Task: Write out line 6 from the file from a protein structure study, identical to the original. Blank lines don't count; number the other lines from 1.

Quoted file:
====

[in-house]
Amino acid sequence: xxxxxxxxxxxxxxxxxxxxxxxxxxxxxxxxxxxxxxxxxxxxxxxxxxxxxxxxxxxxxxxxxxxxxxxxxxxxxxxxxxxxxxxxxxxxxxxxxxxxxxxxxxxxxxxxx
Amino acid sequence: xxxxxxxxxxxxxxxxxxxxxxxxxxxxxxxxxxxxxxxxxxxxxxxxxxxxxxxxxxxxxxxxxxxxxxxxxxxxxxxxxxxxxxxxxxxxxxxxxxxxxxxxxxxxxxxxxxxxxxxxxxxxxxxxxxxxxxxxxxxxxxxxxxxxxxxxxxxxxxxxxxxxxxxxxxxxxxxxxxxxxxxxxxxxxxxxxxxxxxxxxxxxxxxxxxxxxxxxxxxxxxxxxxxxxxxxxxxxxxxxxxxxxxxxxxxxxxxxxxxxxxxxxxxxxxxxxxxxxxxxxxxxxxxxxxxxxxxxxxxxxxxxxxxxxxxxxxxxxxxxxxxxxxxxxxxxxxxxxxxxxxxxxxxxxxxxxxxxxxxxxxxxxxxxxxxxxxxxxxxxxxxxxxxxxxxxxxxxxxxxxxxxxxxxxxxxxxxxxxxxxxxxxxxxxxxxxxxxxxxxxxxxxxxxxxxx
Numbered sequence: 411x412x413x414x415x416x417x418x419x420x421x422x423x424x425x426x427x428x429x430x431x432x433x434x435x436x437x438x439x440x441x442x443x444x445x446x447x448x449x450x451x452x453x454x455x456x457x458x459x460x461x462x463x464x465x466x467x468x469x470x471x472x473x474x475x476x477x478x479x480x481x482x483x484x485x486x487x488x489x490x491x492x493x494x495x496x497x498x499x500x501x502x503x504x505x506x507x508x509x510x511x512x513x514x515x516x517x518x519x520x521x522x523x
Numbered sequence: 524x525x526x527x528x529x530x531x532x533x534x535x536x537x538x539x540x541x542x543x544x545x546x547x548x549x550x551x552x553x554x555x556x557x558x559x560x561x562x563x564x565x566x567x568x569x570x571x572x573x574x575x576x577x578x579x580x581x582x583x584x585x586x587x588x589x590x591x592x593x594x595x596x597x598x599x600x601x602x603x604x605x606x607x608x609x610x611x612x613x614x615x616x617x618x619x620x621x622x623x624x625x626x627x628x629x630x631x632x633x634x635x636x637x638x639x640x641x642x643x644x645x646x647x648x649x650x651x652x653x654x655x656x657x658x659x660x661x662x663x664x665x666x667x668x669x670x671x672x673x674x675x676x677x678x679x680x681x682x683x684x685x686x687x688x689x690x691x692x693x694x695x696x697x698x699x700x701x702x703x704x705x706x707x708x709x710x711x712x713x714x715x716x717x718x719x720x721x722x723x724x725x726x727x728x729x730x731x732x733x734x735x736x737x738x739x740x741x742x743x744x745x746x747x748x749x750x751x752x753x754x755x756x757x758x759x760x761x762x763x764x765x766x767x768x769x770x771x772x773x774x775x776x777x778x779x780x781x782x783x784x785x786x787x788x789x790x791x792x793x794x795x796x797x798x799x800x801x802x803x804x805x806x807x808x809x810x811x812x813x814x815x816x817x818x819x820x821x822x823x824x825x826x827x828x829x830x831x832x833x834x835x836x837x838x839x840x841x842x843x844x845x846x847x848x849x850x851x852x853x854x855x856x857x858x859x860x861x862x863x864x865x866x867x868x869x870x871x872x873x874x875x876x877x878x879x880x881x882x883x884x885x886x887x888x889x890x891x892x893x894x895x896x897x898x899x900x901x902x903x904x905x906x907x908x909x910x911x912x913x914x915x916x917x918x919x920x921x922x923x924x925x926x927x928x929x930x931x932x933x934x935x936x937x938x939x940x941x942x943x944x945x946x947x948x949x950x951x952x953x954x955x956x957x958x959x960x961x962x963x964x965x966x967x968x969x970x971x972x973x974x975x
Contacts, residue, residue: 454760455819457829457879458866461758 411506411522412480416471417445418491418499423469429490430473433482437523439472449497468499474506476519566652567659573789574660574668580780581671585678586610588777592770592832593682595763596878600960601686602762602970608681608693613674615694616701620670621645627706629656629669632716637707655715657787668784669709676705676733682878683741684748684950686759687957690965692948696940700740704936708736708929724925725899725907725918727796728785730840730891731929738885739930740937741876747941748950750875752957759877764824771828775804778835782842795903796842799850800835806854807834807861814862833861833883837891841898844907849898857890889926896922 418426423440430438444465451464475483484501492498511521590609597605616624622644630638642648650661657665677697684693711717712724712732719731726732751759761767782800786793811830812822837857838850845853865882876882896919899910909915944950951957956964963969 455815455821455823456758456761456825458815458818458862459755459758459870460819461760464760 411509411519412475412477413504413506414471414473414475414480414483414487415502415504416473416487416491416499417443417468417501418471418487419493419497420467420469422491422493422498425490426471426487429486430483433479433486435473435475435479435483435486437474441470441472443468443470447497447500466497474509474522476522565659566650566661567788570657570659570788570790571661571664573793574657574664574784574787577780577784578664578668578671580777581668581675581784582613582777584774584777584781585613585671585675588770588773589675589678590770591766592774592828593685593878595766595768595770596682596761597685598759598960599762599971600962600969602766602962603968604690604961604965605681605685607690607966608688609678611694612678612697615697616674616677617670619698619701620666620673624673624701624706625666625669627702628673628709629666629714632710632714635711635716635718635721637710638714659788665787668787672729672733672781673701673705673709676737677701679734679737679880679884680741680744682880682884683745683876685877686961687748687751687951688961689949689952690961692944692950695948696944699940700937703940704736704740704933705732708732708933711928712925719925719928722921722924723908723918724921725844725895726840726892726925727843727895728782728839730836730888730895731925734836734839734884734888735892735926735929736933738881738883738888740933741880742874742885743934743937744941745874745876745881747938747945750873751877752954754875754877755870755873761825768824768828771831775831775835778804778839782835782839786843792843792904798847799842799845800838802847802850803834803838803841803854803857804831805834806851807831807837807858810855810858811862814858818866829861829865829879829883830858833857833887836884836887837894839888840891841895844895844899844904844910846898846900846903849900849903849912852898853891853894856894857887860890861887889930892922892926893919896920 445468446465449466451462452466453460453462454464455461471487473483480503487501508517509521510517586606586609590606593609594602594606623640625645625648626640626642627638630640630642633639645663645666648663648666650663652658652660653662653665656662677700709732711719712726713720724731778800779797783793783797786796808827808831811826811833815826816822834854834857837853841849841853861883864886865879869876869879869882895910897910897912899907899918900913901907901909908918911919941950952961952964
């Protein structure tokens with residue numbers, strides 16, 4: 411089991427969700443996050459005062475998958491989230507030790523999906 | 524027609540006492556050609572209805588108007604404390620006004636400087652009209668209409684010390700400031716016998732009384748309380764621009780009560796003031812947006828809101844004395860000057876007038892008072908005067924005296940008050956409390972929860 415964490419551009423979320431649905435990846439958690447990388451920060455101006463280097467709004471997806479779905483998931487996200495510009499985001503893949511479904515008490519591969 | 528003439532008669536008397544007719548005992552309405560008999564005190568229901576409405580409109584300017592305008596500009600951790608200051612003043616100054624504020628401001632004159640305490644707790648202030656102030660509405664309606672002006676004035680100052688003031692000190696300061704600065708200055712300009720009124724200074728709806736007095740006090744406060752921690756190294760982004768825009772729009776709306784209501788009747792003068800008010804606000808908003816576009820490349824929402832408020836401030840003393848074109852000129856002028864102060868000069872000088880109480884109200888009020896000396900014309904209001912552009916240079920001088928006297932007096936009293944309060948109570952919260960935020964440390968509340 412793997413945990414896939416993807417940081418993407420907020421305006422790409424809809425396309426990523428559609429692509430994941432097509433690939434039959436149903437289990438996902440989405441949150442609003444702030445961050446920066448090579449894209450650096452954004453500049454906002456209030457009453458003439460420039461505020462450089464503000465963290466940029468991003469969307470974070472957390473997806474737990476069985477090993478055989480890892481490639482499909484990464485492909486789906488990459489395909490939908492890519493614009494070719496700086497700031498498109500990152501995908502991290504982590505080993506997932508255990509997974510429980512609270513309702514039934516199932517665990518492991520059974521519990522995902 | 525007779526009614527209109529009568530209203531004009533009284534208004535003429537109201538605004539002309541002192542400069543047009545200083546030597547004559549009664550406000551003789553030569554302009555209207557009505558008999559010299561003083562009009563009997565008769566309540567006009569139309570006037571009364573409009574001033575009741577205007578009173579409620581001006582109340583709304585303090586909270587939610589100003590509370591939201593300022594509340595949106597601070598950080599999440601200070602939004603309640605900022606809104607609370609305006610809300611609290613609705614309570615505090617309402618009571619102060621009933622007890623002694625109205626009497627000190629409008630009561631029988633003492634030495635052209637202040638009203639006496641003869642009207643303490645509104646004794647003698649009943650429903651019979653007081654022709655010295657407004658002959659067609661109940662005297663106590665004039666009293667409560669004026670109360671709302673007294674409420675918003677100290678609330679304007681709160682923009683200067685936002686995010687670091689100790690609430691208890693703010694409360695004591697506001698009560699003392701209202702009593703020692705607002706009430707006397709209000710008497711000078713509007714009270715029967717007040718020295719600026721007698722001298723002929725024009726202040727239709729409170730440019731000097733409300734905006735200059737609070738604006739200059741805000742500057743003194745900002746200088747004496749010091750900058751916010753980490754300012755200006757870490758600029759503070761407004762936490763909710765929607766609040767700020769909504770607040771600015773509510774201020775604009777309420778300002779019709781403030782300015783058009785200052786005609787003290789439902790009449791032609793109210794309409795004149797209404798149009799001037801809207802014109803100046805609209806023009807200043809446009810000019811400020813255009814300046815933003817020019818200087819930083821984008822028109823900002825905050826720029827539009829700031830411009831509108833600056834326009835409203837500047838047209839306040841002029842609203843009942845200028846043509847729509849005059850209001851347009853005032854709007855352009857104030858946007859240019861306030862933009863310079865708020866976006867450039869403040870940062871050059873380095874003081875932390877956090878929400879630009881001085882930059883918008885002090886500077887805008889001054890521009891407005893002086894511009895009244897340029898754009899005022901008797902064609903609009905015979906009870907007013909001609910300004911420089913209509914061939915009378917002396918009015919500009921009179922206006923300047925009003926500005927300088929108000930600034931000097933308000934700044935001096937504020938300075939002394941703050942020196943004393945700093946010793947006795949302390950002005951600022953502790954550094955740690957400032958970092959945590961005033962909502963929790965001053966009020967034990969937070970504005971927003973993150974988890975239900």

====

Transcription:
Contacts, residue, residue: 454760455819457829457879458866461758 411506411522412480416471417445418491418499423469429490430473433482437523439472449497468499474506476519566652567659573789574660574668580780581671585678586610588777592770592832593682595763596878600960601686602762602970608681608693613674615694616701620670621645627706629656629669632716637707655715657787668784669709676705676733682878683741684748684950686759687957690965692948696940700740704936708736708929724925725899725907725918727796728785730840730891731929738885739930740937741876747941748950750875752957759877764824771828775804778835782842795903796842799850800835806854807834807861814862833861833883837891841898844907849898857890889926896922 418426423440430438444465451464475483484501492498511521590609597605616624622644630638642648650661657665677697684693711717712724712732719731726732751759761767782800786793811830812822837857838850845853865882876882896919899910909915944950951957956964963969 455815455821455823456758456761456825458815458818458862459755459758459870460819461760464760 411509411519412475412477413504413506414471414473414475414480414483414487415502415504416473416487416491416499417443417468417501418471418487419493419497420467420469422491422493422498425490426471426487429486430483433479433486435473435475435479435483435486437474441470441472443468443470447497447500466497474509474522476522565659566650566661567788570657570659570788570790571661571664573793574657574664574784574787577780577784578664578668578671580777581668581675581784582613582777584774584777584781585613585671585675588770588773589675589678590770591766592774592828593685593878595766595768595770596682596761597685598759598960599762599971600962600969602766602962603968604690604961604965605681605685607690607966608688609678611694612678612697615697616674616677617670619698619701620666620673624673624701624706625666625669627702628673628709629666629714632710632714635711635716635718635721637710638714659788665787668787672729672733672781673701673705673709676737677701679734679737679880679884680741680744682880682884683745683876685877686961687748687751687951688961689949689952690961692944692950695948696944699940700937703940704736704740704933705732708732708933711928712925719925719928722921722924723908723918724921725844725895726840726892726925727843727895728782728839730836730888730895731925734836734839734884734888735892735926735929736933738881738883738888740933741880742874742885743934743937744941745874745876745881747938747945750873751877752954754875754877755870755873761825768824768828771831775831775835778804778839782835782839786843792843792904798847799842799845800838802847802850803834803838803841803854803857804831805834806851807831807837807858810855810858811862814858818866829861829865829879829883830858833857833887836884836887837894839888840891841895844895844899844904844910846898846900846903849900849903849912852898853891853894856894857887860890861887889930892922892926893919896920 445468446465449466451462452466453460453462454464455461471487473483480503487501508517509521510517586606586609590606593609594602594606623640625645625648626640626642627638630640630642633639645663645666648663648666650663652658652660653662653665656662677700709732711719712726713720724731778800779797783793783797786796808827808831811826811833815826816822834854834857837853841849841853861883864886865879869876869879869882895910897910897912899907899918900913901907901909908918911919941950952961952964